The official media announcement outlines how the presentation is loaded with bold new disability research essentially relevant to our lives:
DISABILITY IN COMICS! Explore the history of characters with disabilities in cartoons and comics spanning 1,000 years! Iron Man, Daredevil, Hulk, Popeye, and Civil War Veterans. What do they all have in common? They all are extraordinary characters with disabilities featured in amazing stories that we love to read about. What do 1 in 5 Americans have in common? Disability. Come to this inspiring presentation celebrating the remarkable history of characters with disabilities in comics. 
This ground-breaking research invigorates those in the fields of disability studies, healthcare, comics history, as well as those in the general public. Rethink the entire history of comics. Based on portions of an award-winning book, The Back Pain Avenger, attend a slideshow that exposes myths and stereotypes about comics characters with disabilities throughout the ages. Discover the intricate connection between comics and disability, where universal truths surrounding disabilities will be revealed in all their cartoon glory.
This Disability in Comics presentation turned out to be a lively educational and inspiring event. My wife, Denise, and I did the presentation together. As we rolled through comics history, I covered the cartoons featuring disability and then she gave additional facts and statistics about each disability covered. 70 people attended including at least 5 people with apparent disabilities and two that were known to be persons with mental illness. The slideshow and talk definitely put fresh material in front of a new audience. Of the 70 attendees, I knew only 10 of them personally; the additional 60 were complete strangers. Most attendees appeared to be mainstream comics fans interested in understanding more about disability matters.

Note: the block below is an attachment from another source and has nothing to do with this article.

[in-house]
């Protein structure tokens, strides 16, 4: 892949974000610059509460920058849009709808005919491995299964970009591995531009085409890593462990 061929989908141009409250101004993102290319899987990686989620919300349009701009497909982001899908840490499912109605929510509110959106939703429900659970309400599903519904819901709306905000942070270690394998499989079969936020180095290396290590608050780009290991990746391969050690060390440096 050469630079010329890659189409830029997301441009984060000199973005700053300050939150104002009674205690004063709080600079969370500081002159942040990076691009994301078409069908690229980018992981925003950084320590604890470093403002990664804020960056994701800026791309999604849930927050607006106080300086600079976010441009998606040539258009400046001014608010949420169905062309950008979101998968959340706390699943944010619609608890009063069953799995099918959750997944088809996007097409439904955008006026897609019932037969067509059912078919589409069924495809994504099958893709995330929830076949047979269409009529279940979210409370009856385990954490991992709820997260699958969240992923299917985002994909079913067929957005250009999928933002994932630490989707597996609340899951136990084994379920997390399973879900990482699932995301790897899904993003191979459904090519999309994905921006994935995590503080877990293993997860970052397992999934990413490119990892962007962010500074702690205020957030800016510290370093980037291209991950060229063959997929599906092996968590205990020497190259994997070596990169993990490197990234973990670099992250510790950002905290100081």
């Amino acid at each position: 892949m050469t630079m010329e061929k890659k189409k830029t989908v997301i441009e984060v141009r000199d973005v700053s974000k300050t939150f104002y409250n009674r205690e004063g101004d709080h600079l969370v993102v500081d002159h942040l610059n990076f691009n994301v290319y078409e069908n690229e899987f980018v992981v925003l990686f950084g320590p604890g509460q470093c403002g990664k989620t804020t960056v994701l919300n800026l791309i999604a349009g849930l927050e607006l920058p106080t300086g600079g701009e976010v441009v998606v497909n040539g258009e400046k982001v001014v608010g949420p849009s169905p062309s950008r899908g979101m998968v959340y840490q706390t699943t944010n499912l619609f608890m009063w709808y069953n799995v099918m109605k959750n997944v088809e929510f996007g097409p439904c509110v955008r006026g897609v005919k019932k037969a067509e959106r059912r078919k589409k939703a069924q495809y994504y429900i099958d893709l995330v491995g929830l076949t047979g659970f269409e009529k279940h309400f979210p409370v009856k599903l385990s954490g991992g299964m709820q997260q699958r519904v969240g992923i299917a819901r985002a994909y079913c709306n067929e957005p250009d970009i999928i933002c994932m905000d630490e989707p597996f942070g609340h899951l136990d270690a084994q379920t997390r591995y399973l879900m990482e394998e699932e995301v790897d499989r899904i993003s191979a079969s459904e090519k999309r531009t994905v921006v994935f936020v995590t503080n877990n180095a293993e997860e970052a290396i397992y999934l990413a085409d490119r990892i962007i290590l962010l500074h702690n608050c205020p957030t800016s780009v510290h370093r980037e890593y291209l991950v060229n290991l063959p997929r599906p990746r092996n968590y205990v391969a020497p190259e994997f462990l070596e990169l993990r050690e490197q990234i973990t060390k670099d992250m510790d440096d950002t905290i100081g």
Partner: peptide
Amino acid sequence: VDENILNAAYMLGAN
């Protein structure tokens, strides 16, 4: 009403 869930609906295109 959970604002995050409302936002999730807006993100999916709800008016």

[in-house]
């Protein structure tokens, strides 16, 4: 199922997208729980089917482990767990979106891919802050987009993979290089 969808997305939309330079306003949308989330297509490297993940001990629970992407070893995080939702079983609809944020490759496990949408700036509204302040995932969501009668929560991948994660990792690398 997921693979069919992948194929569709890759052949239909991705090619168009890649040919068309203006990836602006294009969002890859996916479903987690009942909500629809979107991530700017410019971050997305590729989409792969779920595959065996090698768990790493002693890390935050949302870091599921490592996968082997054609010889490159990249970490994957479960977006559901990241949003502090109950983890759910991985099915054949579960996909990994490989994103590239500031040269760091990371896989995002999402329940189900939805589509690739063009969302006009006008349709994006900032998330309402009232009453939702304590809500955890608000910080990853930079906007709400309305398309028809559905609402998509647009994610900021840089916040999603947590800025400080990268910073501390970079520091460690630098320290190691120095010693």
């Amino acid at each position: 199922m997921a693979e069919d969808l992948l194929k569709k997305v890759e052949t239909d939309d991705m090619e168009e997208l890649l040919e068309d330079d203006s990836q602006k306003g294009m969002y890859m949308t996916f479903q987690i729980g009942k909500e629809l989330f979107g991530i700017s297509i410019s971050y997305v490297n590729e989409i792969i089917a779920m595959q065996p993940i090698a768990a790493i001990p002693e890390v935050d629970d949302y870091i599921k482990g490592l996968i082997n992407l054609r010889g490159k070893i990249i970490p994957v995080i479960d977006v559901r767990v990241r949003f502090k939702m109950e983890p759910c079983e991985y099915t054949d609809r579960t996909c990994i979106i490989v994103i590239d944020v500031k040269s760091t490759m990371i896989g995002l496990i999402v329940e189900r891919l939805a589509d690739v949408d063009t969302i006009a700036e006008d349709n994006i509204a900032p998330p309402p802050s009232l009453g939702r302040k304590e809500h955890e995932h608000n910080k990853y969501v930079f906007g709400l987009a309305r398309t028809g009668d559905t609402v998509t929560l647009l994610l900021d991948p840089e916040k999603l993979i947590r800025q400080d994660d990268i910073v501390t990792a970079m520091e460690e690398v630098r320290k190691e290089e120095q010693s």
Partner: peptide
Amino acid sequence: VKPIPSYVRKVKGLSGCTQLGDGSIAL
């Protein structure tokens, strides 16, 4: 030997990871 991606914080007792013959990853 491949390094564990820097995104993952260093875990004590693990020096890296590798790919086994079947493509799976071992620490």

After the presentation there were a few minutes to converse with the attendees who stayed behind to chat. The majority of which expressed congratulations and their enjoyment of this material. A number of them said that the content gave them a lot to think about and that they look forward to being more aware on disability issues, going forward. In fact, we were a bit swamped with favorable comments and questions after the presentation. People seemed to leave the event with a wider appreciation and respect for disability issues--which is exactly what I was aiming for with the project.